# This Quantum World/Serious illnesses/Born

## Born

In the same year that Erwin Schrödinger published the equation that now bears his name, the nonrelativistic theory was completed by Max Born's insight that the Schrödinger wave function ${\displaystyle \psi (\mathbf {r} ,t)}$ is actually nothing but a tool for calculating probabilities, and that the probability of detecting a particle "described by" ${\displaystyle \psi (\mathbf {r} ,t)}$ in a region of space ${\displaystyle R}$ is given by the volume integral

${\displaystyle \int _{R}|\psi (t,\mathbf {r} )|^{2}\,d^{3}r=\int _{R}\psi ^{*}\psi \,d^{3}r}$

— provided that the appropriate measurement is made, in this case a test for the particle's presence in ${\displaystyle R}$. Since the probability of finding the particle somewhere (no matter where) has to be 1, only a square integrable function can "describe" a particle. This rules out ${\displaystyle \psi (\mathbf {r} )=e^{i\mathbf {k} \cdot \mathbf {r} },}$ which is not square integrable. In other words, no particle can have a momentum so sharp as to be given by ${\displaystyle \hbar }$ times a wave vector ${\displaystyle \mathbf {k} }$, rather than by a genuine probability distribution over different momenta.

Given a probability density function ${\displaystyle |\psi (x)|^{2}}$, we can define the expected value

${\displaystyle \langle x\rangle =\int |\psi (x)|^{2}\,x\,dx=\int \psi ^{*}\,x\,\psi \,dx}$

and the standard deviation  ${\displaystyle \Delta x={\sqrt {\int |\psi |^{2}(x-\langle x\rangle )^{2}}}}$

as well as higher moments of ${\displaystyle |\psi (x)|^{2}}$. By the same token,

${\displaystyle \langle k\rangle =\int {\overline {\psi }}\,^{*}\,k\,{\overline {\psi }}\,dk}$  and  ${\displaystyle \Delta k={\sqrt {\int |{\overline {\psi }}|^{2}(k-\langle k\rangle )^{2}}}.}$

Here is another expression for ${\displaystyle \langle k\rangle :}$

${\displaystyle \langle k\rangle =\int \psi ^{*}(x)\left(-i{\frac {d}{dx}}\right)\psi (x)\,dx.}$

To check that the two expressions are in fact equal, we plug  ${\displaystyle \psi (x)=(2\pi )^{-1/2}\int {\overline {\psi }}(k)\,e^{ikx}dk}$  into the latter expression:

${\displaystyle \langle k\rangle ={\frac {1}{\sqrt {2\pi }}}\int \psi ^{*}(x)\left(-i{\frac {d}{dx}}\right)\int {\overline {\psi }}(k)\,e^{ikx}dk\,dx={\frac {1}{\sqrt {2\pi }}}\int \psi ^{*}(x)\int {\overline {\psi }}(k)\,k\,e^{ikx}dk\,dx.}$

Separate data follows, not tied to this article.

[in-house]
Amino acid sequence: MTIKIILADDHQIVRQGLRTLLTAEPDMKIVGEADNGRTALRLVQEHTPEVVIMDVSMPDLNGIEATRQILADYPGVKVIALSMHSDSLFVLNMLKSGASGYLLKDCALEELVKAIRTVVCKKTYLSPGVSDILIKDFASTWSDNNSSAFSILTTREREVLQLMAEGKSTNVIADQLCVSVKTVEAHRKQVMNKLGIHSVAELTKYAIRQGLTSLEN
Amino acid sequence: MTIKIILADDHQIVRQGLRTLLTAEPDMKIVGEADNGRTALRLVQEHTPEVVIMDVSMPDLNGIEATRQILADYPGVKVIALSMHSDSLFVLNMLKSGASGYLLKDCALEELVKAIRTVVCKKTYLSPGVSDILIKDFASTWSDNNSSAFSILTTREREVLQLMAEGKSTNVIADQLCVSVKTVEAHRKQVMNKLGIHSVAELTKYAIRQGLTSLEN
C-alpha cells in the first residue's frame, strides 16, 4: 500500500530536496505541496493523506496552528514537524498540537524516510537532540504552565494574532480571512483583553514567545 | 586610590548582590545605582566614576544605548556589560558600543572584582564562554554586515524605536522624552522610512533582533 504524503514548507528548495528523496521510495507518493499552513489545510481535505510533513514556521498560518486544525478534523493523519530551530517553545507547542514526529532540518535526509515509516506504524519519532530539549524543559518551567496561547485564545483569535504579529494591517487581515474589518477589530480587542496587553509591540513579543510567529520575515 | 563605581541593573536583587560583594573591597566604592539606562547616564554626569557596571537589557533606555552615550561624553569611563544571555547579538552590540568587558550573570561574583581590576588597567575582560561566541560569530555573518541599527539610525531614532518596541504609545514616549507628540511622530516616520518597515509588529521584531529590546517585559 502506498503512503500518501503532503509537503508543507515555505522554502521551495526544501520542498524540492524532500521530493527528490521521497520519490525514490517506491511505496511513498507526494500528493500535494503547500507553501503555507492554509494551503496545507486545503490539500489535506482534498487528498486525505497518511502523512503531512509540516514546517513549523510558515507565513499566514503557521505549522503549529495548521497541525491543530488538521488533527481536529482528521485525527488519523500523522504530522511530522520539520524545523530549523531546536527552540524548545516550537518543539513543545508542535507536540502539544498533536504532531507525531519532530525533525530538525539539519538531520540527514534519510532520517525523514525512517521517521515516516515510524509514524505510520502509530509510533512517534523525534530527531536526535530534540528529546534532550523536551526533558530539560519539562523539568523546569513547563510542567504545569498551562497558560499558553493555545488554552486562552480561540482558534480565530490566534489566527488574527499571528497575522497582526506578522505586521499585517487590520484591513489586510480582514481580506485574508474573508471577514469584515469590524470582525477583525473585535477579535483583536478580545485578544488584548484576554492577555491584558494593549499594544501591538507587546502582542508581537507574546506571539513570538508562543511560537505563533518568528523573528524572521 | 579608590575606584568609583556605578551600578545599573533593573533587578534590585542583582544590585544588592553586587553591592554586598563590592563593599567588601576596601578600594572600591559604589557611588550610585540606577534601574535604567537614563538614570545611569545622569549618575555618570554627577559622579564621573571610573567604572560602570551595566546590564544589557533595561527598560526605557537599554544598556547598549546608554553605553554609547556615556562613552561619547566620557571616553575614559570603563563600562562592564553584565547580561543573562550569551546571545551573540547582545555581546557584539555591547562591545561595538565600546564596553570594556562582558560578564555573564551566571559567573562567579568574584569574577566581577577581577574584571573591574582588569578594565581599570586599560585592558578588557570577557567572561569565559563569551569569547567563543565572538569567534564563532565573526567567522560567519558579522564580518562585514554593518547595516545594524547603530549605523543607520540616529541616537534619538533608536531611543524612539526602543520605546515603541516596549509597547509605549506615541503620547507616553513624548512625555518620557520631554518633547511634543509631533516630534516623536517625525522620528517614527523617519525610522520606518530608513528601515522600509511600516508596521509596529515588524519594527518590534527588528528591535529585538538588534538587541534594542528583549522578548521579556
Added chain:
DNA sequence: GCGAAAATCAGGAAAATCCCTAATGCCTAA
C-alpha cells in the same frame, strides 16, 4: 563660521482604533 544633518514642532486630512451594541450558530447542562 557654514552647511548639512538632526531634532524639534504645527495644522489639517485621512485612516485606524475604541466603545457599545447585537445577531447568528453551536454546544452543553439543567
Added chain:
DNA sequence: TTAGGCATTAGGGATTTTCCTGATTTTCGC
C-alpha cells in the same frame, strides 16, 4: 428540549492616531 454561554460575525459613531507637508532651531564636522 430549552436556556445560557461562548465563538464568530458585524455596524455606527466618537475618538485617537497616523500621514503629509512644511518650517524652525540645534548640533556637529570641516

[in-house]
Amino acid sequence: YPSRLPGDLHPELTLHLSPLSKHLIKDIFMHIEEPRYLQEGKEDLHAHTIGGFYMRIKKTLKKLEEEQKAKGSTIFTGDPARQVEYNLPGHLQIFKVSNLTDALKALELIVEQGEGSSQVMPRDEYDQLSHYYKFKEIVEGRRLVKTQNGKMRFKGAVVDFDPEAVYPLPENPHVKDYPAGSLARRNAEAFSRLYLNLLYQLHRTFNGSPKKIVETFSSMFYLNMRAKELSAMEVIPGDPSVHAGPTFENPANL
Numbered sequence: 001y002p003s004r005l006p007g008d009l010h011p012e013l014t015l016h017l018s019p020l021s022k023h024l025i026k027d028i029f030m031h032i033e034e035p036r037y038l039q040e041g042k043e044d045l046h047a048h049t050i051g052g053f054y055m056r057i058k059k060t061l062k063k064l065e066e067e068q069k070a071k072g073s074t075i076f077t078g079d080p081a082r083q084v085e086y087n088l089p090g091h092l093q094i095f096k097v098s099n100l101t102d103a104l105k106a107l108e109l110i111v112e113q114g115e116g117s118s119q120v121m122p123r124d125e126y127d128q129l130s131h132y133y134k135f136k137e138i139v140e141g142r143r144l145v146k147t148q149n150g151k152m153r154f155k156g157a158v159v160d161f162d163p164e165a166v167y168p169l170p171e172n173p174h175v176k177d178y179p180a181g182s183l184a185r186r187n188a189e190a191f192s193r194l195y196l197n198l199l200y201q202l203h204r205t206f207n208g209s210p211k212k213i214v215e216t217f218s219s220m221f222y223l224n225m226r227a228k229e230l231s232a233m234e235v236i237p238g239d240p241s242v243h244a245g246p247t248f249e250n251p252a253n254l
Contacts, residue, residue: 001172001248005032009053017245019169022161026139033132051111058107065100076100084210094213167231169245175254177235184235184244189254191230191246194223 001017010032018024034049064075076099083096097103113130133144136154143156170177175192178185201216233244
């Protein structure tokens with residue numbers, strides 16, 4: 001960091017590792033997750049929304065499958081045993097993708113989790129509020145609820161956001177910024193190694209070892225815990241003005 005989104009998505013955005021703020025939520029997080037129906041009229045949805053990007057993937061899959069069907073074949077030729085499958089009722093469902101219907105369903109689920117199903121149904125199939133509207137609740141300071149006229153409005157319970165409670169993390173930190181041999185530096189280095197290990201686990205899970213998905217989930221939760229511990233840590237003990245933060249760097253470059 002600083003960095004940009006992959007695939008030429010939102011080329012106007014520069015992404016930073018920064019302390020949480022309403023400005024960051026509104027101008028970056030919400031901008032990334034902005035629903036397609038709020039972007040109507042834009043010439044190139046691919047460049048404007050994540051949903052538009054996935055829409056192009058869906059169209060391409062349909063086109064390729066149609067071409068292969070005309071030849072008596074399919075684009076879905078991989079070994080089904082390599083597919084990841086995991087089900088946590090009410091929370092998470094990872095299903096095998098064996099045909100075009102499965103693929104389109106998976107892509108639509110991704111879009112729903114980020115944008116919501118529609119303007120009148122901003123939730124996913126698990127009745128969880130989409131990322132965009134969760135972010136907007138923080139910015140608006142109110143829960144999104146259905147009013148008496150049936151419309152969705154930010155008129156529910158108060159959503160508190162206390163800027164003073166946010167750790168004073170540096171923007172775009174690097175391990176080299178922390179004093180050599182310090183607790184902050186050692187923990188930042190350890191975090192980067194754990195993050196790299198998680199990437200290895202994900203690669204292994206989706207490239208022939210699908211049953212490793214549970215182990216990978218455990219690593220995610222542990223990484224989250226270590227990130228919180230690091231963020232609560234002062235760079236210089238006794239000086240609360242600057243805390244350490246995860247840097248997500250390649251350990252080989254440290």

Next we replace ${\displaystyle \psi ^{*}(x)}$ by ${\displaystyle (2\pi )^{-1/2}\int {\overline {\psi }}\,^{*}(k')\,e^{-ik'x}dk'}$  and shuffle the integrals with the mathematical nonchalance that is common in physics:

${\displaystyle \langle k\rangle =\int \!\int {\overline {\psi }}\,^{*}(k')\,k\,{\overline {\psi }}(k)\left[{\frac {1}{2\pi }}\int e^{i(k-k')x}dx\right]dk\,dk'.}$

The expression in square brackets is a representation of Dirac's delta distribution ${\displaystyle \delta (k-k'),}$ the defining characteristic of which is  ${\displaystyle \int _{-\infty }^{+\infty }f(x)\,\delta (x)\,dx=f(0)}$  for any continuous function ${\displaystyle f(x).}$ (In case you didn't notice, this proves what was to be proved.)

## Heisenberg

In the same annus mirabilis of quantum mechanics, 1926, Werner Heisenberg proved the so-called "uncertainty" relation

${\displaystyle \Delta x\,\Delta p\geq \hbar /2.}$

Heisenberg spoke of Unschärfe, the literal translation of which is "fuzziness" rather than "uncertainty". Since the relation ${\displaystyle \Delta x\,\Delta k\geq 1/2}$ is a consequence of the fact that ${\displaystyle \psi (x)}$ and ${\displaystyle {\overline {\psi }}(k)}$ are related to each other via a Fourier transformation, we leave the proof to the mathematicians. The fuzziness relation for position and momentum follows via ${\displaystyle p=\hbar k}$. It says that the fuzziness of a position (as measured by ${\displaystyle \Delta x}$ ) and the fuzziness of the corresponding momentum (as measured by ${\displaystyle \Delta p=\hbar \Delta k}$ ) must be such that their product equals at least ${\displaystyle \hbar /2.}$